18 years ago, in the first few months of 2004, our good friends Steve and Clare relocated to Melbourne Australia, her home town. I had worked with Steve on various projects for much of the previous decade. We had been employed at the same place since the autumn of 2001. He had recommended me for some contract work there, and an initial 10-day placement grew into three years of well-paid consultancy. I will always be grateful for that.
Our friends were leaving the UK sooner than they had originally planned. They would probably have moved to Australia at some point, a year or two later maybe. They brought things forward because they were expecting their first child, in May 2004. Vague, future plans for moving back to Melbourne became concrete, immediate plans to get back at least two months before the due date.
In the middle of February my wife and I hosted a farewell party for them. In the 30 months since our marriage in 2001, my wife had had four miscarriages. Life goes on. We had friends with young children and friends who were pregnant. These things can’t be avoided. We were happy that Steve and Clare were into the third trimester of a healthy pregnancy. Everything would work out fine. Their first daughter was born, as expected, in May.
They were taking most of their things with them to Australia. I had already learnt from an old schoolfriend that it’s much more expensive to send freight by ship to Australia than to bring it back to the UK. The cargo ships heading to the other side of the world are usually full. They are comparatively empty for their return journeys. Removal companies reflect this in the prices that they charge. One of the items that Steve was not taking to Melbourne was his bike, and he offered it to me.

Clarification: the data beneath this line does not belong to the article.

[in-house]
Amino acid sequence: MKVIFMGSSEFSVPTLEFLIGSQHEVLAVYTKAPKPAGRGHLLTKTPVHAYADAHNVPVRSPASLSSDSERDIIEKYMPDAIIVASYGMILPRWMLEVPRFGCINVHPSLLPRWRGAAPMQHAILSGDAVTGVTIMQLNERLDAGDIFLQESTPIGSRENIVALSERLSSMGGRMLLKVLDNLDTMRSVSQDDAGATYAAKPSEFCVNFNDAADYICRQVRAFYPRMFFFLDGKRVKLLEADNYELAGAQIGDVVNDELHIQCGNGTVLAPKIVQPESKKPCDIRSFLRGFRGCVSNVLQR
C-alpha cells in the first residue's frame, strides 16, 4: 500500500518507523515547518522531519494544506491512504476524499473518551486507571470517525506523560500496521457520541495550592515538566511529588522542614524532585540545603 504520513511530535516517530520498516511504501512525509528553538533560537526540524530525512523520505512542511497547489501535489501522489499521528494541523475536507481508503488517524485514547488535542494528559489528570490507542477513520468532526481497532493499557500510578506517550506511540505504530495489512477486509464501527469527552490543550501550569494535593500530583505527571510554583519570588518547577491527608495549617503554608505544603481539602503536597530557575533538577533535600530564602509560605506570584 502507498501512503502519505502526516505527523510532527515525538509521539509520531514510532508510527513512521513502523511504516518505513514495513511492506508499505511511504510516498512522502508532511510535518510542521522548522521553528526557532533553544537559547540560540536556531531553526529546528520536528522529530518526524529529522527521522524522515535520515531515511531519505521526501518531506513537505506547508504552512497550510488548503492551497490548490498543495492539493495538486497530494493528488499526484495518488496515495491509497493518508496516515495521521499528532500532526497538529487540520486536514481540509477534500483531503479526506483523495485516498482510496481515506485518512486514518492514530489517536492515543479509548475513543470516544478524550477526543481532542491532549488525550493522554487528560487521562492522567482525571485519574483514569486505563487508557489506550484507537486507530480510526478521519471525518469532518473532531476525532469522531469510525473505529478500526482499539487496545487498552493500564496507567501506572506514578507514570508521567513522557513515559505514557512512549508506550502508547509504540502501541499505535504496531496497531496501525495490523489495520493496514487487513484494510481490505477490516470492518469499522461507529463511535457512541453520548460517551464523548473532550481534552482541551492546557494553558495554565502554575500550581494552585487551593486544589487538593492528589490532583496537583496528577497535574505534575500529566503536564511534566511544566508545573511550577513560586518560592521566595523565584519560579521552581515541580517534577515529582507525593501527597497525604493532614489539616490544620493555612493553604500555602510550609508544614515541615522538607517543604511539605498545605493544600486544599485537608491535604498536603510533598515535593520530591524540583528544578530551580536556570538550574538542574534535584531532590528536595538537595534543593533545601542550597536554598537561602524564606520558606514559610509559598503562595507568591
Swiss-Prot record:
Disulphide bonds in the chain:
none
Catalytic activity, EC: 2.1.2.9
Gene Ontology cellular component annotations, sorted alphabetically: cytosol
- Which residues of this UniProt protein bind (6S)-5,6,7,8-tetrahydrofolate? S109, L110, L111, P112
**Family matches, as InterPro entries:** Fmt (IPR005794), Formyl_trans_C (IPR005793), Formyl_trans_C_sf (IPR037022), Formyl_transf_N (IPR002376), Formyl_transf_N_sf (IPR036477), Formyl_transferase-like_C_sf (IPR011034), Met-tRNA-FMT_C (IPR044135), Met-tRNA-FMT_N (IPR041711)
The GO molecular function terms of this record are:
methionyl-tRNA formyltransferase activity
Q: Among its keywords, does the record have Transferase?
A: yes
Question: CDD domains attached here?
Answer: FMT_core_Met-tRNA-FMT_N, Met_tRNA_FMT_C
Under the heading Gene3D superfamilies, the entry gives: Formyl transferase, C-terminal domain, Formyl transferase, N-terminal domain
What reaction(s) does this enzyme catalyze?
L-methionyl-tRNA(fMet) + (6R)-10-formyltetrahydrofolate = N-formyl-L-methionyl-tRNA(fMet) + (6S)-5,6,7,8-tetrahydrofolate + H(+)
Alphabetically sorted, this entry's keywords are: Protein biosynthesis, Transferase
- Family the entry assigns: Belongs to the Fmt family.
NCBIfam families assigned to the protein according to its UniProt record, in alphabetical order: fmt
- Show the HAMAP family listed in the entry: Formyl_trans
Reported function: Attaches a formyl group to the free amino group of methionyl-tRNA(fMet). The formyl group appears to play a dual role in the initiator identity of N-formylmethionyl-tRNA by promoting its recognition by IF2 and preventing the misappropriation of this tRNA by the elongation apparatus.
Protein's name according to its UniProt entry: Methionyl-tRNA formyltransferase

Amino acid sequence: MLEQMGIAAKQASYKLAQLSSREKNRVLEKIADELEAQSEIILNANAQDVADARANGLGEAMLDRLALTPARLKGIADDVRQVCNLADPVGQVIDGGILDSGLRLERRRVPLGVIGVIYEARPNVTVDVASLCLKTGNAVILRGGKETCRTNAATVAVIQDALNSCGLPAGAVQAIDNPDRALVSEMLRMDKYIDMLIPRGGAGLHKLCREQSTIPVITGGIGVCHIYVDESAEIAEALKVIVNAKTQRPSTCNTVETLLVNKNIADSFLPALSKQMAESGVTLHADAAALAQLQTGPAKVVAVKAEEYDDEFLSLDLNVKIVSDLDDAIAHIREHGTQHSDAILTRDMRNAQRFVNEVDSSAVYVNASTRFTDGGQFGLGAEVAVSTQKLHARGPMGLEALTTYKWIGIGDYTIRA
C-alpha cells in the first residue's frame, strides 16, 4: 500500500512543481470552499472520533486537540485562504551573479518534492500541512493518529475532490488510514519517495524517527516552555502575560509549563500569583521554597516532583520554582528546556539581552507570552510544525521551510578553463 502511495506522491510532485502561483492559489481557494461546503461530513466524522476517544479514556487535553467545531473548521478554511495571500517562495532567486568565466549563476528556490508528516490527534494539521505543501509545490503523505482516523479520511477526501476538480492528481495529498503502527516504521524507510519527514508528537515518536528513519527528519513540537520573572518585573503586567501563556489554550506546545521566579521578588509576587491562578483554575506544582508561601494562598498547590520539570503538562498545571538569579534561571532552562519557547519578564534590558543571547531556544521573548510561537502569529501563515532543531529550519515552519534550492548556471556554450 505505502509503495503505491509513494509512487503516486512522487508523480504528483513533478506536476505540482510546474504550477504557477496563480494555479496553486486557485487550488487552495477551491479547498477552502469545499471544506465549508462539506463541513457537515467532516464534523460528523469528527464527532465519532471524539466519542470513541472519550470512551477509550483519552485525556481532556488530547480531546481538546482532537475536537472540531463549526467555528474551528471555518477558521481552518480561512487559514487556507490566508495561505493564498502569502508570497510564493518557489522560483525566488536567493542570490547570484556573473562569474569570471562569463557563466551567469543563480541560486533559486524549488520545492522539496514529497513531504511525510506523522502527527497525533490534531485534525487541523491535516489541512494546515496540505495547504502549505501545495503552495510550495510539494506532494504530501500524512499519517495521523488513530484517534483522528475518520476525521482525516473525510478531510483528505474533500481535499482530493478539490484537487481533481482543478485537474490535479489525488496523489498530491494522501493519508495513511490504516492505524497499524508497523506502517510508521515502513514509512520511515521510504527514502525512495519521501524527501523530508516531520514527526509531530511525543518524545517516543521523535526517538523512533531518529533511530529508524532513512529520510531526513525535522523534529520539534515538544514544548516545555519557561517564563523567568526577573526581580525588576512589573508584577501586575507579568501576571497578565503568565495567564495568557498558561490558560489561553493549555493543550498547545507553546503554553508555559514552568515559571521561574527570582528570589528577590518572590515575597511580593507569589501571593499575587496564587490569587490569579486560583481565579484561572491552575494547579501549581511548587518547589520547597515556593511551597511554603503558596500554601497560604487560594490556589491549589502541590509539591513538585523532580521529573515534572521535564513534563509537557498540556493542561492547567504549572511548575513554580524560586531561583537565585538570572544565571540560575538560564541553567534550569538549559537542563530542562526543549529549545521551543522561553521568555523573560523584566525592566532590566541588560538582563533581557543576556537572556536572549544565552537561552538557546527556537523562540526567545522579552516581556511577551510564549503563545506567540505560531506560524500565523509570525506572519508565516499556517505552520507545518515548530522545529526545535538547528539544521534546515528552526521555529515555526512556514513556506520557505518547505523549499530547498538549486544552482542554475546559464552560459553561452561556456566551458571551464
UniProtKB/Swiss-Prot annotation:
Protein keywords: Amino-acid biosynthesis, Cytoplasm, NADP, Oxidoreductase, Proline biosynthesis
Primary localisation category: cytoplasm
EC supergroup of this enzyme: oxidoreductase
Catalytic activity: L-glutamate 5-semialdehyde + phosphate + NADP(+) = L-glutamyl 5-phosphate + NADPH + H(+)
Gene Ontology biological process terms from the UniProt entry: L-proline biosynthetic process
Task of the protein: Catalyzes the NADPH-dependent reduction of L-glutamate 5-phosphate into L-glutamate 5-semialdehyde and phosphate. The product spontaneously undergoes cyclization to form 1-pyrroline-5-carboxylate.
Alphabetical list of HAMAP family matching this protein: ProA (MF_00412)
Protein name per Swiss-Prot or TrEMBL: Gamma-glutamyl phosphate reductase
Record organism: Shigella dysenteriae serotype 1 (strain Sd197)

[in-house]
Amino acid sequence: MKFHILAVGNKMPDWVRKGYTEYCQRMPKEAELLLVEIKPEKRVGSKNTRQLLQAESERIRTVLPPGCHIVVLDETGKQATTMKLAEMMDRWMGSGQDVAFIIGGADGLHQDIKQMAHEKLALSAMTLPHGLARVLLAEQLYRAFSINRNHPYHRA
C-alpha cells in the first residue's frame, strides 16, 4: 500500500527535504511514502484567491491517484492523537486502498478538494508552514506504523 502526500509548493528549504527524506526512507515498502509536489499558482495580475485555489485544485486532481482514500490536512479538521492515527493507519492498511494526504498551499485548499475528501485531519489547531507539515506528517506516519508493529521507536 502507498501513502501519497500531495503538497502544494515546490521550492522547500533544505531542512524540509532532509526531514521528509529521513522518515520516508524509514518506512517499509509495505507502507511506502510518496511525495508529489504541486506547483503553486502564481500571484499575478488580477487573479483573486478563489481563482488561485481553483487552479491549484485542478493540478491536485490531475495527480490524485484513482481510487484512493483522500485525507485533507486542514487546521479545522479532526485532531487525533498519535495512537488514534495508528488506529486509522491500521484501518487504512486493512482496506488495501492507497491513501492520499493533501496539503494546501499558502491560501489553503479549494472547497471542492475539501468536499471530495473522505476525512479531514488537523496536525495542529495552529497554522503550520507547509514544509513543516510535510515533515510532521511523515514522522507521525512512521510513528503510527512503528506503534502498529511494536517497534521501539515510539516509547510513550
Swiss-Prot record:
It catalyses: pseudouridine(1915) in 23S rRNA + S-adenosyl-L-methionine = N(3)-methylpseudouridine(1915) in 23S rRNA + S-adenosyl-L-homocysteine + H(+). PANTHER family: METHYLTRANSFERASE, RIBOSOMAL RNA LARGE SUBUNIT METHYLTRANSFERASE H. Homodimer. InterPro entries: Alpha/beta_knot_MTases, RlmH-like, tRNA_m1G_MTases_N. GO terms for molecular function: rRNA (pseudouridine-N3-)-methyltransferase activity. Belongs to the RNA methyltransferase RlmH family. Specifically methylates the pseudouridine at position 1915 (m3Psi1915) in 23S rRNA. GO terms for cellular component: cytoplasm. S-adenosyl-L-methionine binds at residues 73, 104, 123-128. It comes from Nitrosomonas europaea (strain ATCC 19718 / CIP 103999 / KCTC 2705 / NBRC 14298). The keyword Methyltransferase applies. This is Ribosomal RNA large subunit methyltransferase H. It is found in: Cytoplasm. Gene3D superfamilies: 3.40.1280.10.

On the afternoon of the party, Steve and Clare travelled, with the bike, on the Overground to Barnes station, not too far way. My wife and I drove Clare back to ours, and Steve cycled. The bike was kitted out better than any I had ever used: panniers, lights, pump, speedometer, properly secure D-Locks (not those flimsy little things that I had on my bike at college), water bottles, more gears than I would ever use.
I am happy to report that I am still in possession of the bike, and it is still road-worthy. I have begun riding it again now that the days are longer, and we appear to be past the worst of the winter weather. There was a slow puncture on the front wheel. For the last 10 days I have been pumping it up before every journey. Today I took it to the local repair shop and they fixed it for me. It was well worth the fee (£15). I cycled off to Friday night football relieved that I would not have to pump up the tyre for my return journey, like last week. I cycled home more sedately: I strained a thigh muscle early in the game and will be out of action for at least another week.
18 years on, I still regard the bike as being on loan. If Steve wants it, he can have it back. It has served me well. It came into our lives the same month that my wife became pregnant for the fifth time, and that pregnancy went to term. Our son was born in November 2004. He’s now old enough, and big enough, to ride the borrowed bike himself.
2 thoughts on “18 years on a borrowed bike”
Fascinating SJ, I was also lent a bike by the man in an Aussie husband and wife duo – they also moved back to Aussie (from somewhere near Perivale I believe) – whereas we lived in Chiswick. Was fascinated by your Chiswick article too, I remember that Chiswick Flyover well – plus the Eyot (now that’s also a nice word to do a piece on), and the brewery right opposite St Nicholas church. Aaah and Barnes Bridge – also some lifelong memories there too.
Thanks for the great articles, enjoy browsing them.
Thanks Tom, very kind.